Musings on Investing

Why I Prefer Investing in the Developed World

Japan: Irving Resources (IRV.CSE)

Recently, I talked with Cory Fleck about why I consider the so-called emerging markets to be very risky. The only exception I make is China.

The problem with these poor countries is that when my investment makes money, governments and locals of these poor countries expropriate it. When my investment loses money, I lose anyway. Head I lose, tail they win. This also perpetuate massive moral problems.

I have spent more than half of my life traveling and living in the poor parts of the world. In my view the world has two distinct cultures: The culture of reason, and the culture of irrationality. In this high-technology world, poor societies are poor for a reason. They wallow in superstitions, irrationality, and tribalism. Attempts to make these poor societies rational have mostly failed.

The developed world is on a downward slide. However, the so-called emerging markets are getting worse much faster, with tyrannical governments emerging rapidly, as the institutions left by Europeans continue to degenerate. When these poor societies copy western institutions, those institutions rapidly mutate to cater to the underlying tribalism, often making the situation much worse.

As an example, India has been trying to copy high-technology of the West. In the linked, I explore why India’s experiments to go cashless will not only fail but will end in a disaster.

Investors are often provided rosy picture of the situation in these poor countries. At a recent mining conference, there was a panel discussing about opportunities in mining that exist in Mongolia, Philippines, Indonesia, Vietnam, Papua New Guinea, etc. The mining companies represented went on and on talking about the fabulous grades and projects they have. I asked them if they could tell me the total money they had raised from the market and compared it with their market capitalizations to give me a feel for the value they had created for their shareholders. Not one of those companies responded.

None of the above means that I should not invest in these poor, backward countries, but that I usually find better value on risk-adjusted basis in the developed world. That brings me to Japan, a country I adore, and Irving Resources, about which I have written in the past and is one of the rare companies that I see as a tenbagger.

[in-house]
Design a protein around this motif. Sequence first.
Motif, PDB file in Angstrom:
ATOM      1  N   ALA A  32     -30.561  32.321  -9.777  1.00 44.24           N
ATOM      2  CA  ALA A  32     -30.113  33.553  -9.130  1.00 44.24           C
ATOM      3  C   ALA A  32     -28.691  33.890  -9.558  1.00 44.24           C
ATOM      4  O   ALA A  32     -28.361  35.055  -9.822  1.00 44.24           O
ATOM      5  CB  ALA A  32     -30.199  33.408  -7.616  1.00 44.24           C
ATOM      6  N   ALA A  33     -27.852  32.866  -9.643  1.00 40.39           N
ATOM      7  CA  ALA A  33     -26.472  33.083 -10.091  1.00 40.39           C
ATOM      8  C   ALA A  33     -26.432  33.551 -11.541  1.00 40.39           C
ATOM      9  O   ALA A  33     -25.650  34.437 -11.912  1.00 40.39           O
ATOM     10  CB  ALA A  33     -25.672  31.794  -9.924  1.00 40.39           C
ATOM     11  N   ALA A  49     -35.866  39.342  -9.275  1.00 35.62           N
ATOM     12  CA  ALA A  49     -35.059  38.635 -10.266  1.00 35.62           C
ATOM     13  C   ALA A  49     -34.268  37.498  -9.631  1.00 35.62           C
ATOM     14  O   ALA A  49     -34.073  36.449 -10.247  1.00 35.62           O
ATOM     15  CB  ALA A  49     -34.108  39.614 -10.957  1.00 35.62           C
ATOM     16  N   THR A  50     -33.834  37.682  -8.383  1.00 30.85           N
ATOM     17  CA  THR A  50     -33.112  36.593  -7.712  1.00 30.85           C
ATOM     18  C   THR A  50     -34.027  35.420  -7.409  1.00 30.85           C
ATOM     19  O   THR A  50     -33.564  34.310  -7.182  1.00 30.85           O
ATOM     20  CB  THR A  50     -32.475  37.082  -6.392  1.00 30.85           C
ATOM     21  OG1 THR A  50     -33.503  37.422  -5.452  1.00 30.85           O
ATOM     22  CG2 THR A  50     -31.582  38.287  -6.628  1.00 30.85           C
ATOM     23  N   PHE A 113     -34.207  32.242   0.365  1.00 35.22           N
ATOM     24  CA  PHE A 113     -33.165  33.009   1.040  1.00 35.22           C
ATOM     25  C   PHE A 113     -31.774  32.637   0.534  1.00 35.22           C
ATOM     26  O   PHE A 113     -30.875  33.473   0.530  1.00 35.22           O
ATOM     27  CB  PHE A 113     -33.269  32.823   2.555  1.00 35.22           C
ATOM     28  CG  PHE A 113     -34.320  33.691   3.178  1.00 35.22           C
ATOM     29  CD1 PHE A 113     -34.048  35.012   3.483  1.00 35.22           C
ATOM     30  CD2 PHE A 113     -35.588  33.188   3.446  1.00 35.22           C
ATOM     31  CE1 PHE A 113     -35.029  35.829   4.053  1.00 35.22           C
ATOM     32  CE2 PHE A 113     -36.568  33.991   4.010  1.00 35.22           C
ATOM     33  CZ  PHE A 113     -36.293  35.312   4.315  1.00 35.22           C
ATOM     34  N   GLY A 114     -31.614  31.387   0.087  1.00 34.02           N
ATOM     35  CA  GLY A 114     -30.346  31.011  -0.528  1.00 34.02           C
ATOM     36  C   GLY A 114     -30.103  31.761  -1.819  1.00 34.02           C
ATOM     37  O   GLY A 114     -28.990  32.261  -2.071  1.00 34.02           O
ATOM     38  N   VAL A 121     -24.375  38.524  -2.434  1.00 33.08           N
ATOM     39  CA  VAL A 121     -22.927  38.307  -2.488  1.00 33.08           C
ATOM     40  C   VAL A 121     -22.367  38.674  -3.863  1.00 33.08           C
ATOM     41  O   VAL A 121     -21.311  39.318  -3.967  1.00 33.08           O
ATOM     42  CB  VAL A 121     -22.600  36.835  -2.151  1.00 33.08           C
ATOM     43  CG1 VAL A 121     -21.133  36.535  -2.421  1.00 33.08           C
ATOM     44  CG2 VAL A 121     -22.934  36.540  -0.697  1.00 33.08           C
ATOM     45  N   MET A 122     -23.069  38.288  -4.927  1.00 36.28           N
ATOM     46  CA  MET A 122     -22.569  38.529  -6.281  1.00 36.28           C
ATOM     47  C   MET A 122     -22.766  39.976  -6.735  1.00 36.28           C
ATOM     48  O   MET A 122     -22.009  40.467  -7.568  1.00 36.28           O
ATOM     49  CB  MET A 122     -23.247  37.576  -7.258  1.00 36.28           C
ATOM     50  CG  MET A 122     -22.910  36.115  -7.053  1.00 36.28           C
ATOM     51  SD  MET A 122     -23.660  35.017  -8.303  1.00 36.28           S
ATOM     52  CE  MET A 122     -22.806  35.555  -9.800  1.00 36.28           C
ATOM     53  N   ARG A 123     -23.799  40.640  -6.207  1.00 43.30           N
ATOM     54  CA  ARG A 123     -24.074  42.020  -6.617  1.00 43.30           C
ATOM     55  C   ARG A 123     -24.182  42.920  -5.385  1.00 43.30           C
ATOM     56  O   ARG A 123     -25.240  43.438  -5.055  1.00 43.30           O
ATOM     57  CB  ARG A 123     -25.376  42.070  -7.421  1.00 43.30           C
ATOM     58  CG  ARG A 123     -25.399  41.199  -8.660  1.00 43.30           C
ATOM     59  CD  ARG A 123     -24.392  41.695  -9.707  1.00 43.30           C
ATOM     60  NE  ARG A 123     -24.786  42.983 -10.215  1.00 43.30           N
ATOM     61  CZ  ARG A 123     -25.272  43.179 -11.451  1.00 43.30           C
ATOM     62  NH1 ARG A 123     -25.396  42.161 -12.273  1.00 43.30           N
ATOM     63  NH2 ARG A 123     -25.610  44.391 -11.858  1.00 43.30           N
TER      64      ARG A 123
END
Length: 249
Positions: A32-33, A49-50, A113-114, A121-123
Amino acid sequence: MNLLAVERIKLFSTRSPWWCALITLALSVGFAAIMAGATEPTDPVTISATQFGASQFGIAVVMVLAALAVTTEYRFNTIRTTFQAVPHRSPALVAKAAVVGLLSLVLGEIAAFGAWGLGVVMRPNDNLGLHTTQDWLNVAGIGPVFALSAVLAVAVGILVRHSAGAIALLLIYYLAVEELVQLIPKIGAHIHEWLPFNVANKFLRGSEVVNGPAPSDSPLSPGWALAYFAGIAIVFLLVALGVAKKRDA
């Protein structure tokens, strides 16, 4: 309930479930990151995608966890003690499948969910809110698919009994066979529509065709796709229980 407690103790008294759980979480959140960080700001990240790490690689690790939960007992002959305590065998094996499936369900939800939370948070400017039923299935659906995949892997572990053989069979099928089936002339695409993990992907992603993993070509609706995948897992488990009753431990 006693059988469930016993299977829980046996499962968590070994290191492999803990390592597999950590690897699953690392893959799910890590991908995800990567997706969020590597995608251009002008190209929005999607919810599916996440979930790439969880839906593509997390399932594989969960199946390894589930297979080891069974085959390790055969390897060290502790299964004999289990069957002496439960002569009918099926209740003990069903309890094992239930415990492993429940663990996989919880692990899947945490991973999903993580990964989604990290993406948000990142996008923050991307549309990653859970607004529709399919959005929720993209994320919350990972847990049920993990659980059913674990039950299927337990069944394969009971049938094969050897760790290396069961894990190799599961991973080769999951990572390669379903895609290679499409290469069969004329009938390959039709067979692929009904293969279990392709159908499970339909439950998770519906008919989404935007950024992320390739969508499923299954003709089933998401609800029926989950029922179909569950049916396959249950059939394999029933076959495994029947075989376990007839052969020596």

Japan has among the highest-grade gold mines anywhere in the world. Very high valuation of the Yen and a rapidly emerging high-technology industry meant that until the last decade Japan was not a great place to explore for gold and other metals.

While the Yen has fallen and the economic structure of Japan has become more conducive to new exploration, most investors haven’t become aware of this change. That is what makes me very excited.

Irving Resources (IRV.CSE; $0.65) is run by Akiko Levinson and Dr Quinton Hennigh. I have in the past worked with both of them and have a lot of respect for their capabilities. After they sold Springpole Project, a 5 million ounce deposit, Ms Levinson has shifted her focus to Japan, where she now lives half her time.

IRV has four projects in Hokkaido and one in Sado island–the latest acquisition was made last month. My interest is mostly in their Omui project–some of the rock sample data they have released are among the very best I have ever seen.

They are operating in Japan in close relationship with Mitsui and have continued to increase their land position, including acquiring surface rights.

IRV has more than $6 million in cash, a very tight share-structure, and market capitalization of around $30 million on a fully-diluted basis. My clients and I are well-invested in IRV and intend to increase our ownership if the share price falls.

Warm regards,

Jayant Bhandari

Associate: Rajni Bala



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